to my knowledge, I guess you can only exclude specific objects, not other dynamically created queues.

    regards
    Marcel


    SCSMfaq // Blog --> http://blog.scsmfaq.ch // Twitter --> #scsmfaq // Business --> http://www.itnetx.ch
    Thursday, January 5, 2012 4:44 PM
  • Hi Queues are scoped by class so plan you role based security by class.

    You cannot mix class types in queues and views but you can select different class type queues during security role creation (Note the out of the box roles only allow you to assign members ; AD users or groups).

    Create a custom role based on the Service request analyst role and select the restricted queues you have created by class type.

     

    Sunday, January 15, 2012 5:58 AM
  • Are you using SCSM 2010 or 2012?  One of the problems I faced in 2010, which I assume would be across the board, is that once you start using Queues, you now have to use Queues. 

    So, if you are attempting to 'hide' a certain type of work item from a group of users, you must give them access to everything else.  It's not as simple as saying (insert user role here) cannot access and (insert user role here) can access.

    You would need to create Queues for-

    1.) 'All Change Requests', 'All Manual Activities', 'All Review Activities', Etc

    2.) Queues to separate out your available areas within your service requests.  So if you have 11 available areas and you want everyone to have access to 10 of them, then you would create 2 Queues-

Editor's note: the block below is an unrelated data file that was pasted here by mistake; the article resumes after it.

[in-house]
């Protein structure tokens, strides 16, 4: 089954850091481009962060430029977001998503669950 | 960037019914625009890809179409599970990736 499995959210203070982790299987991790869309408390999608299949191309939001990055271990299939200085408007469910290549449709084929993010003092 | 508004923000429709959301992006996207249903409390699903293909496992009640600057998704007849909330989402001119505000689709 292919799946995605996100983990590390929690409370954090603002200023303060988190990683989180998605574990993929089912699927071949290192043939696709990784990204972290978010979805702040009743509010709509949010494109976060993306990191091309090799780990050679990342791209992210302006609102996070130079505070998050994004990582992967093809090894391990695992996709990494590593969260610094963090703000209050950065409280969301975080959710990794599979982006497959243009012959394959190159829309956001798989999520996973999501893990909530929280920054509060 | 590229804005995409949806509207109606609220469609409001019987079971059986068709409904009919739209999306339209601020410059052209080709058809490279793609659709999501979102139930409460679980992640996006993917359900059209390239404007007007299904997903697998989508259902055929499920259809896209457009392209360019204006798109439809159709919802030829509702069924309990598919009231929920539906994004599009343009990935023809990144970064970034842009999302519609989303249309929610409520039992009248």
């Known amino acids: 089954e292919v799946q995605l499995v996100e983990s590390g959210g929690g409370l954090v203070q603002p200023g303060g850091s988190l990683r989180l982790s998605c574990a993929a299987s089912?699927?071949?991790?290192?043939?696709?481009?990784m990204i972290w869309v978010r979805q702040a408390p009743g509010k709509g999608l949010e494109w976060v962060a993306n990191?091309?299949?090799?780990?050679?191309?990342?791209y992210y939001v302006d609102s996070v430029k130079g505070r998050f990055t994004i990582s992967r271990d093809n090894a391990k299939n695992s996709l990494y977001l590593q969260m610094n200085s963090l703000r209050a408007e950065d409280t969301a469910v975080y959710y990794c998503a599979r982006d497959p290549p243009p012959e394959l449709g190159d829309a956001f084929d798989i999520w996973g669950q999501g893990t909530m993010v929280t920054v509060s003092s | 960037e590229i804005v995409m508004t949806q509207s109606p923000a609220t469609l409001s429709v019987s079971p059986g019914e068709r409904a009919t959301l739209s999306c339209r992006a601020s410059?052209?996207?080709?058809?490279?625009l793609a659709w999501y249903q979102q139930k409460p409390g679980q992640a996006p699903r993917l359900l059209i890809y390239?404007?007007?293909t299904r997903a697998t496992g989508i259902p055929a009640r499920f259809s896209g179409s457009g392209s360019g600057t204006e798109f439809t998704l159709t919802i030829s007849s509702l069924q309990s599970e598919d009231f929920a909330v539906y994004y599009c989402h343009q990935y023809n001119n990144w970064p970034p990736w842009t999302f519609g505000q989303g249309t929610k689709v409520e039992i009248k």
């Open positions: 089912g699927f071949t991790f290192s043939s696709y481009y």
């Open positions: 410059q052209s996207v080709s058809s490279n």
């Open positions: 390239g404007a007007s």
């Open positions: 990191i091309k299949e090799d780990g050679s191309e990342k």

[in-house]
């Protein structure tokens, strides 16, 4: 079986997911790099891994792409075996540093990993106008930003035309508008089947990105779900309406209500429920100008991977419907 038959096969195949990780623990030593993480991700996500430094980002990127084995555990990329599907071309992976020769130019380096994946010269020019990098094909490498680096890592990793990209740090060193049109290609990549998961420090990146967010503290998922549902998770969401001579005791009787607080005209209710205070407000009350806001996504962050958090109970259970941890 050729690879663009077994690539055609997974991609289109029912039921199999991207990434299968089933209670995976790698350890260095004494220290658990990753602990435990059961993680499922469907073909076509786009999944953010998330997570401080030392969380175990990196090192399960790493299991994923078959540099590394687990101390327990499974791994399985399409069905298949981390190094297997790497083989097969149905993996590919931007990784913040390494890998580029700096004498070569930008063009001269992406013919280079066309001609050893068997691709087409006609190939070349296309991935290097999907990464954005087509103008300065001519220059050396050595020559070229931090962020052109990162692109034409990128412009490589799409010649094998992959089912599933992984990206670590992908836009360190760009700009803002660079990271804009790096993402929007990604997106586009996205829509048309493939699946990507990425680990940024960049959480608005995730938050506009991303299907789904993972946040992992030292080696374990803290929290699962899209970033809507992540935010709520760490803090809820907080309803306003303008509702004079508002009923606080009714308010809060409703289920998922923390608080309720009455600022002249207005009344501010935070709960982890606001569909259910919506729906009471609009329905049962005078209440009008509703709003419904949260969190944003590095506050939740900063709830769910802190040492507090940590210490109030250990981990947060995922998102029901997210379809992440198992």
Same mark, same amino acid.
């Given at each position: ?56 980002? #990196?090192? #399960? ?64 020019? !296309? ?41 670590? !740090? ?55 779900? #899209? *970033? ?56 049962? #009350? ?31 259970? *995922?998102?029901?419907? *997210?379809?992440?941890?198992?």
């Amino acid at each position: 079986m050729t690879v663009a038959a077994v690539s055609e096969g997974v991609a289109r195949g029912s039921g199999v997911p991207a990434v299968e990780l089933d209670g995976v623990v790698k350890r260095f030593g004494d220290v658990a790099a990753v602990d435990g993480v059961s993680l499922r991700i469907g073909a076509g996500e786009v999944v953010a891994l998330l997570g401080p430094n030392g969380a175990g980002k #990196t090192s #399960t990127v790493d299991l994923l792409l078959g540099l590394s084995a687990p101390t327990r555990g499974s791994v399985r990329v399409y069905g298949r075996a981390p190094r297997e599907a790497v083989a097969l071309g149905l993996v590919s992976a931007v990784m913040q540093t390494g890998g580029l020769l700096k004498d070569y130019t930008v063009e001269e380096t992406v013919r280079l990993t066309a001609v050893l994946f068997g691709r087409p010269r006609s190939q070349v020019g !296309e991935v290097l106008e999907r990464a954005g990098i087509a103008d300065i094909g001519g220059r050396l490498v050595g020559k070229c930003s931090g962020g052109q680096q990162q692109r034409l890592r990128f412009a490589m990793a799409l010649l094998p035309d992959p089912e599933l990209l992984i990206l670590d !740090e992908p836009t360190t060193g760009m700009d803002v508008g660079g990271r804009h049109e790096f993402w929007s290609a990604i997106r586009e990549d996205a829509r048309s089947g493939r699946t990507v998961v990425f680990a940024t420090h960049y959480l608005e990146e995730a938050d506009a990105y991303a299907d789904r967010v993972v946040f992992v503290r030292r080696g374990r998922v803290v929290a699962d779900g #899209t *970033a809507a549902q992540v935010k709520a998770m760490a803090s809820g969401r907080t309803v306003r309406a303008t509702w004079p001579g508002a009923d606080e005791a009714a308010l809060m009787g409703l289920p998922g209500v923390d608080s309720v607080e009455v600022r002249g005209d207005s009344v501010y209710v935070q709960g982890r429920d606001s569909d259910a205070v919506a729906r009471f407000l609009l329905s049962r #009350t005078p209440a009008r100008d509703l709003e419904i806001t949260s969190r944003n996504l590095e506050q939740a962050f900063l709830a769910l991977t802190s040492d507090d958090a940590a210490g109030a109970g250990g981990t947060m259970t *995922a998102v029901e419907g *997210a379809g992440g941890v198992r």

a. The criteria would be similar to 'service requests where the area = 1, or 2, or 3..., or 10
    b. The criteria would be similar to 'service requests where the area = 11

    You could then Create a User Role, based on 'Incident Resolvers', and during creation, grant that user role access to all of the queues listed in #1, and to queue #2.a.  That set up would give any users that are members of the new user role access to all service requests except those where the area = 'process'.

    This, however, only gets you part of the way.  As I said, once you start using queues, now you have to use them.  The permissions within SCSM 2010 are cumulative, not restrictive.  Meaning, if User A is a member of your new user roles which limits access to queue number 2.b, and a member of an out-of-the-box user role, or a different user that that allows for access to all queues, then you have just defeated your purpose.

    So, your user roles must be set up to 'stagger' the permissions.  For example, if you have a user role that is based on 'Change Initiators' then you would want that user role to have zero access to 'Service Requests'.  You would do so by limiting that user role to accessing only the queue containing 'All Change Requests'.

    Hope that helps.

    • Marked as answer by E.O Friday, February 3, 2012 12:47 PM
    Tuesday, January 17, 2012 9:22 PM
  • Hi,

    Yes thanks, it does help to explain how this is working. We´ll problebly hide the information in some other way since this is to much administration to work with. Just not easy enough!

    Thanks,

     

    Kind Regards

    Ezequiel Osorio


    E.O
    Friday, February 3, 2012 12:47 PM